My Grandmother wears aprons (the old fashioned, quilted kind from the 50’s that were meant to stand up to some punishment) and she always smells like fresh milk. She can make things with her hands that would inspire a renaissance or quell a war.
I grew up feasting on her culinary creations which were worshipped in our Rocky Mountain valley on a nearly hedonistic level. She was the artistic sculptor of delectable Cakes, the magician of warm, buttery Fudge and the priestess of sweet, foamy, white Divinity. She baked her love (long before the transfer of love via calories became a cause for national concern) and delivered it in tenderly wrapped, hand cut boxes.
Maybe I never became domestic because she was just so good at it. I didn’t need to embrace this warm, country life, as it was already in the best of hands.
I liked planes.
I loved to soar away as far as I could go. I embraced the cliché and set off for my wide open spaces with the open minded abandon of youth. I burned merrily through my early years in earnest and exhilarating exploration. I was the proverbial trapeze artist, flying through life, free on the end of a string.
I always knew I could come home, and there would be warm fudge waiting for me.
And there was.
Years past and I found the one. Then we made one, then two, then three. Two sons and one baby daughter in less than five years (the spacing an optimistic move also fueled by the abandon of youth).
My last visit home found my Grandmother, my Mother, my Daughter and I all gathered tightly in my Grandmother’s warm yellow and tan kitchen, adorned in her sacred aprons. Kyrie cooed softly in her car seat while we three began to bake… and talk… and bake. We simmered, mixed, steamed and stirred… and we even cooked a little too.
My Grandmother moved about the kitchen, with an expert ease as she coaxed the often willful ingredients into submission. Slowly there emerged jams, warm rolls, casserole and of course fudge. She showed me how to sense when the luxurious bubbling chocolate was ready to be poured and how to tame it into shape on the plate. While she wrapped the goodies, my mother wiped jam jars and I licked the fudge pot clean.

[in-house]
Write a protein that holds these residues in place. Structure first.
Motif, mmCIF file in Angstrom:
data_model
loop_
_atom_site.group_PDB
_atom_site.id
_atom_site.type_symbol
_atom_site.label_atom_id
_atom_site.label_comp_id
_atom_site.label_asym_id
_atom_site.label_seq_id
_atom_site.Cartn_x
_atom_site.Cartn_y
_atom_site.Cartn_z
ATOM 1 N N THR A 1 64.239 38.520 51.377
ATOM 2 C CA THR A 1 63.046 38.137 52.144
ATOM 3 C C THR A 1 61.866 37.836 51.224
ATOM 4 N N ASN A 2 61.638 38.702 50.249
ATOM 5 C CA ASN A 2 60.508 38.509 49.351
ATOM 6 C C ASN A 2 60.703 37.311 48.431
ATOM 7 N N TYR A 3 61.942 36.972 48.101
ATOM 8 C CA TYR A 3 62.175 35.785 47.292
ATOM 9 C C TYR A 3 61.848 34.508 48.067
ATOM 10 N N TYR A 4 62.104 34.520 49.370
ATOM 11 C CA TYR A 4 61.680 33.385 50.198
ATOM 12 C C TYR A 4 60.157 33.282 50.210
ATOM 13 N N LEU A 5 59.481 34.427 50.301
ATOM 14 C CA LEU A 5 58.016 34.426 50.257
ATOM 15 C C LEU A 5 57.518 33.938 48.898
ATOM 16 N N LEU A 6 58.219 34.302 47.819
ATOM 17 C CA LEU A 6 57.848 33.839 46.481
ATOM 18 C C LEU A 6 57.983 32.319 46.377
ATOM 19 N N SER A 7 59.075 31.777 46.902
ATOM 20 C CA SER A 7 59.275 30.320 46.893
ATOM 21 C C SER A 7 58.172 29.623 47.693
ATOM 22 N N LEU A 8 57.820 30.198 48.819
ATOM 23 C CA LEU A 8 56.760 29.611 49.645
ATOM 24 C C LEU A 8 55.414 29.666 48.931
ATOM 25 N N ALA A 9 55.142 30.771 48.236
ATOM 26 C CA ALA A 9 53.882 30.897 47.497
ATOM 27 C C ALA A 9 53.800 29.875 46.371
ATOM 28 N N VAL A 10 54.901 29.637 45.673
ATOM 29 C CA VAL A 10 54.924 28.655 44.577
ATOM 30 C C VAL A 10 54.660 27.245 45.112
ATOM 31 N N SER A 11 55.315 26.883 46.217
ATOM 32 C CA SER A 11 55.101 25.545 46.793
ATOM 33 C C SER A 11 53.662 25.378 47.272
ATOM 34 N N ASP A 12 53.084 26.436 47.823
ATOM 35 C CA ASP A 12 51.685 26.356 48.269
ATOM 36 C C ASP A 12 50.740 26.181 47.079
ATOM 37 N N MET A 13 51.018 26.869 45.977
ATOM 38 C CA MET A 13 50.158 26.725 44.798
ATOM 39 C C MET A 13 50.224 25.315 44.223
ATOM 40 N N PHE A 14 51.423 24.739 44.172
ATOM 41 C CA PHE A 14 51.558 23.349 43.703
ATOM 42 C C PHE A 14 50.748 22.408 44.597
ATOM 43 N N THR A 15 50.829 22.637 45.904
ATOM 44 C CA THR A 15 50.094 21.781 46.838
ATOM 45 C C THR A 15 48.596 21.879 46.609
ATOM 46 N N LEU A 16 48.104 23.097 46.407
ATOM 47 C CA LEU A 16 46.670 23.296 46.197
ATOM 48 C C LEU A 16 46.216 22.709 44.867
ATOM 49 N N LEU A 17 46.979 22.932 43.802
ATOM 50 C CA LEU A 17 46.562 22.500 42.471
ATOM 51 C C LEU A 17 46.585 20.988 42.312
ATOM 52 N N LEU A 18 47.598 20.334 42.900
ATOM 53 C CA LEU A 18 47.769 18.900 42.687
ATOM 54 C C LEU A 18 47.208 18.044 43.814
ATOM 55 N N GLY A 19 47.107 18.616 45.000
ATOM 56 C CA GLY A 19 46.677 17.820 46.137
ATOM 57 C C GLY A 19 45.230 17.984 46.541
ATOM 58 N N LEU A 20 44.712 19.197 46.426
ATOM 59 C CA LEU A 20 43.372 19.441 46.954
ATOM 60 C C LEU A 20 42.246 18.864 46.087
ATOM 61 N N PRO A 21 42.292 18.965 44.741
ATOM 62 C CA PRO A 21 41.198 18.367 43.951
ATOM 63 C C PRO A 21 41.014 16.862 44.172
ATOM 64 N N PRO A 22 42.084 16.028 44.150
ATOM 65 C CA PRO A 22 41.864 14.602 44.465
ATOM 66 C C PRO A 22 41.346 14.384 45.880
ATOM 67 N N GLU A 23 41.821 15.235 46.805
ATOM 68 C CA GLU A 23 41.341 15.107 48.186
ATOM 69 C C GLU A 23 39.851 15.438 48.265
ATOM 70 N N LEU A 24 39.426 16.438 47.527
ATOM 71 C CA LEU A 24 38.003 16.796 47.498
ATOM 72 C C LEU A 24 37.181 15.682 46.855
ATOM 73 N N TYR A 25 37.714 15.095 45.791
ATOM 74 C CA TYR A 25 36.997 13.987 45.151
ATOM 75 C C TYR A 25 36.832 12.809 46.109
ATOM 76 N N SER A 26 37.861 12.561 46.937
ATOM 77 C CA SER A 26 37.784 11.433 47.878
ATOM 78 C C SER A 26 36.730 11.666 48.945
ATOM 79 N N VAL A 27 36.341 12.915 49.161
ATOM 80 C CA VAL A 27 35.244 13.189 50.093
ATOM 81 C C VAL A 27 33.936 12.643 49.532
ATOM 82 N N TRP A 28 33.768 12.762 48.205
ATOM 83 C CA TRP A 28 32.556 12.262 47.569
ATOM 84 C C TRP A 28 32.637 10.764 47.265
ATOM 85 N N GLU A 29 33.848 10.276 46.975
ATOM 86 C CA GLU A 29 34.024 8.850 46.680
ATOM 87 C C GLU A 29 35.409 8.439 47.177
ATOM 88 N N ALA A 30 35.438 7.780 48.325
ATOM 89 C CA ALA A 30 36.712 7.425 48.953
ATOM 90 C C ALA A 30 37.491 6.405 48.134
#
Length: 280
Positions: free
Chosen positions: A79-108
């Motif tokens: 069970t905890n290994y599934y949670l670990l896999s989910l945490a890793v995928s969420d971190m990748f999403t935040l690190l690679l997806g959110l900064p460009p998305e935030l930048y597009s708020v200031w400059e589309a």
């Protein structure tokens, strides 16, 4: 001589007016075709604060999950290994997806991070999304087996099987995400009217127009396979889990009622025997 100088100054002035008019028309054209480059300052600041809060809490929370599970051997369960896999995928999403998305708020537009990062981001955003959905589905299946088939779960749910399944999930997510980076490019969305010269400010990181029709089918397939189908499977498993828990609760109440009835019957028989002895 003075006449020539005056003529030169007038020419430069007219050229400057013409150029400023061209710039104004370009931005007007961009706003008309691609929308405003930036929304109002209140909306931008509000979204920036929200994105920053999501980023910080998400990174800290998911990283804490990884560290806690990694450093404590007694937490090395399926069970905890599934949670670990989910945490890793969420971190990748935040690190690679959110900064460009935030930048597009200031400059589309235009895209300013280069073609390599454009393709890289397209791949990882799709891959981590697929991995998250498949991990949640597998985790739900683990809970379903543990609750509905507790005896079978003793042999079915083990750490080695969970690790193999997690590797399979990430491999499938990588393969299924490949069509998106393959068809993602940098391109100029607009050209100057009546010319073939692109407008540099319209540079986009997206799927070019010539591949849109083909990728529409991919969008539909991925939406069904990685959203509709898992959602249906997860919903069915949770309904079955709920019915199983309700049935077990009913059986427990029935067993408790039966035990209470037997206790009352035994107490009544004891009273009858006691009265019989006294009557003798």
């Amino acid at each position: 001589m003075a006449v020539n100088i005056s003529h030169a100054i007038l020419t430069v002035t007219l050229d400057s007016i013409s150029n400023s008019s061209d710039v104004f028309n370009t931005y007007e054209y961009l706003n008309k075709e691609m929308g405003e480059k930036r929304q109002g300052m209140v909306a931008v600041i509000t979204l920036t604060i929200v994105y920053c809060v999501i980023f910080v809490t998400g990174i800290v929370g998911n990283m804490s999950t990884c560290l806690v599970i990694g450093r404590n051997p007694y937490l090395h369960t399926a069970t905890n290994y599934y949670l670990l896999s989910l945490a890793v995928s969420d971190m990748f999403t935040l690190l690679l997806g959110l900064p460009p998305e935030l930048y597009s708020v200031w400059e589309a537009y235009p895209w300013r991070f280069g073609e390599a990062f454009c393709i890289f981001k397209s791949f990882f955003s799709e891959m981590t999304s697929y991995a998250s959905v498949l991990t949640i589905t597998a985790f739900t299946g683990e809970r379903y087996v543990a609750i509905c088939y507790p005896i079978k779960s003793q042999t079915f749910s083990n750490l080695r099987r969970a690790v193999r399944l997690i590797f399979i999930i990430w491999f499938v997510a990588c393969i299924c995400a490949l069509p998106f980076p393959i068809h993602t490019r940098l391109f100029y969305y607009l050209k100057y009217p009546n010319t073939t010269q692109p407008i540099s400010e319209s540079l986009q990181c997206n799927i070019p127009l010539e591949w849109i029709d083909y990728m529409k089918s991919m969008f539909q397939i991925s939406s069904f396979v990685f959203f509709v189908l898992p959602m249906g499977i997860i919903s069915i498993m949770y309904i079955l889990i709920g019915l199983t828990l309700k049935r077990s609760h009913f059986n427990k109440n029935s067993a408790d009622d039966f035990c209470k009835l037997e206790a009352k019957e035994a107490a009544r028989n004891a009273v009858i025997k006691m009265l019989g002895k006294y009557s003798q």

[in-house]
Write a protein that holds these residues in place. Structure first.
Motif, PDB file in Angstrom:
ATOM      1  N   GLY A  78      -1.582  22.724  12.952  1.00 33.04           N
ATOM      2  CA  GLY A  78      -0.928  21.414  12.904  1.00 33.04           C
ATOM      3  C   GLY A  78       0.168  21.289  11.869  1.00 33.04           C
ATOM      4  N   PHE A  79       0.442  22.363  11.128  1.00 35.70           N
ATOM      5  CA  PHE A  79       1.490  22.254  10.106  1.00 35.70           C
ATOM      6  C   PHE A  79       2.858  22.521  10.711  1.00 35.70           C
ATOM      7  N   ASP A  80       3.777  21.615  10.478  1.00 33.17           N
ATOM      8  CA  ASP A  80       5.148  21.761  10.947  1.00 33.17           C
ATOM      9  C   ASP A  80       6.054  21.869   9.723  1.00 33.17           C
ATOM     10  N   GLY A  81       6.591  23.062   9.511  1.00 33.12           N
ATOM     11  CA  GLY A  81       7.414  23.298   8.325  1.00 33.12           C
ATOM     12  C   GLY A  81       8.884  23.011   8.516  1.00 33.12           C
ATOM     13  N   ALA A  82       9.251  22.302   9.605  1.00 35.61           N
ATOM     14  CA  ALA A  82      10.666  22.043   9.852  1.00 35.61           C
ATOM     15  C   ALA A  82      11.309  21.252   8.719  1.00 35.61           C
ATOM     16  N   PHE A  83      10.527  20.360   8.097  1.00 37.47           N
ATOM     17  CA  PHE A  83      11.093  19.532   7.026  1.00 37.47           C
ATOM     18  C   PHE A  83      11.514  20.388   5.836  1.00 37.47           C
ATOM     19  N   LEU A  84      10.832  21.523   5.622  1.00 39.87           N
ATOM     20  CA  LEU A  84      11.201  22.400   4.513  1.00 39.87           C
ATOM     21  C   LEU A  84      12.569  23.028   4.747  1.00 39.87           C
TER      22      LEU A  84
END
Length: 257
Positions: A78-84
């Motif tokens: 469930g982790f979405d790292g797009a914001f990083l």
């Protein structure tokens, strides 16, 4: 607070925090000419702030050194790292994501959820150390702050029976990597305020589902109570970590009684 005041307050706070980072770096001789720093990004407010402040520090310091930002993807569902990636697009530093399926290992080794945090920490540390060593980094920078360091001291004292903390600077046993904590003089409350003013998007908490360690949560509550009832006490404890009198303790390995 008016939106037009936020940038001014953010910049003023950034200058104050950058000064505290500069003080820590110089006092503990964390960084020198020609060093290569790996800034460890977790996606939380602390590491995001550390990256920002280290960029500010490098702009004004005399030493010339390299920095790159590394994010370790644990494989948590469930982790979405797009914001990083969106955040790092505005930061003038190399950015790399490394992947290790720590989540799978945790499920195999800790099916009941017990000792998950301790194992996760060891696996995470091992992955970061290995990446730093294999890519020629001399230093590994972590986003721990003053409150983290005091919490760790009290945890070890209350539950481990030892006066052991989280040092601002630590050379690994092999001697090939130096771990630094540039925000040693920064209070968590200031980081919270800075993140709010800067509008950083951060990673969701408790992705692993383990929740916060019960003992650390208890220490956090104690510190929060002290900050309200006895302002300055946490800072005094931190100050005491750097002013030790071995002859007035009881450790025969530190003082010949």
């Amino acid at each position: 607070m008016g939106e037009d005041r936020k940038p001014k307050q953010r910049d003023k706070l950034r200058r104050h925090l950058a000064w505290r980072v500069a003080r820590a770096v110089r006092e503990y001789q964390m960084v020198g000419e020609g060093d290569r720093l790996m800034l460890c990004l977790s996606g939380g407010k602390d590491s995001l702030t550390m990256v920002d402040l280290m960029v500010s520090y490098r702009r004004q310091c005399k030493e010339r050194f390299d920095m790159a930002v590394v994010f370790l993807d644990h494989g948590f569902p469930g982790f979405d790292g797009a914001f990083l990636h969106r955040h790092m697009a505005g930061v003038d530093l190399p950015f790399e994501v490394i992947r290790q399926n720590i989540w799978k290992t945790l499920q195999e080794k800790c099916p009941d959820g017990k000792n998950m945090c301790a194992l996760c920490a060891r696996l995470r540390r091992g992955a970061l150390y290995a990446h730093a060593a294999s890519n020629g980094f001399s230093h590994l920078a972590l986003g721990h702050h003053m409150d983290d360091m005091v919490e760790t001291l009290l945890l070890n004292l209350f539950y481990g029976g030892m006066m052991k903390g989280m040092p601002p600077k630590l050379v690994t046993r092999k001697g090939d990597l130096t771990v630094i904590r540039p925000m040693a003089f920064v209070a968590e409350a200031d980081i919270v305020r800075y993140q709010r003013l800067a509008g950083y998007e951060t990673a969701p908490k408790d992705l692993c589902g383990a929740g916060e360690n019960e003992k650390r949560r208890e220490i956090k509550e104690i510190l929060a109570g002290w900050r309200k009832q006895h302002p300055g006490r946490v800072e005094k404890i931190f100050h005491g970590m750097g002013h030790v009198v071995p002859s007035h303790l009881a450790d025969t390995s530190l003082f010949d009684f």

As the rolls baked, the jams set and I nursed my baby. We exchanged stories, my grandmother reminding me of some I already knew by heart and introducing me to others, family histories that I had never been privy to before. There was the revelation of a young Aunt who had frequented the asylum and fallen victim to our country’s earliest attempts at mental health work, losing her previously whole cognitive powers to electroshock therapy. There was the story of the terrifying morning when my, then 2 year old, uncle was run over by a car and miraculously escaped with only a broken leg. My Grandmother shone as she described the pride of witnessing and facilitating the upbringing of three strong generations, and still no end in sight. Yet, she confessed, she didn’t want to die. Her words weaved me deeper into the fabric of our family.
Wrapped up in the kitchen warmth and my Grandmother’s stories I felt my soul being pulled across the string like a bead and tightened into place by my new little daughter and the legacy we were all a part of. We were strung together, my Grandmother, my Mother, myself and now my baby girl. Having come forth, from and through each other, and held now in place by love and nurturing. I was no longer flying through life on the end of a string. I was a part of something more, something that had been there all along yet I had been unable to see.
And as I watched my Grandmother and my Mother tenderly rocking my daughter I knew there would always be warm fudge waiting for her.
And there was.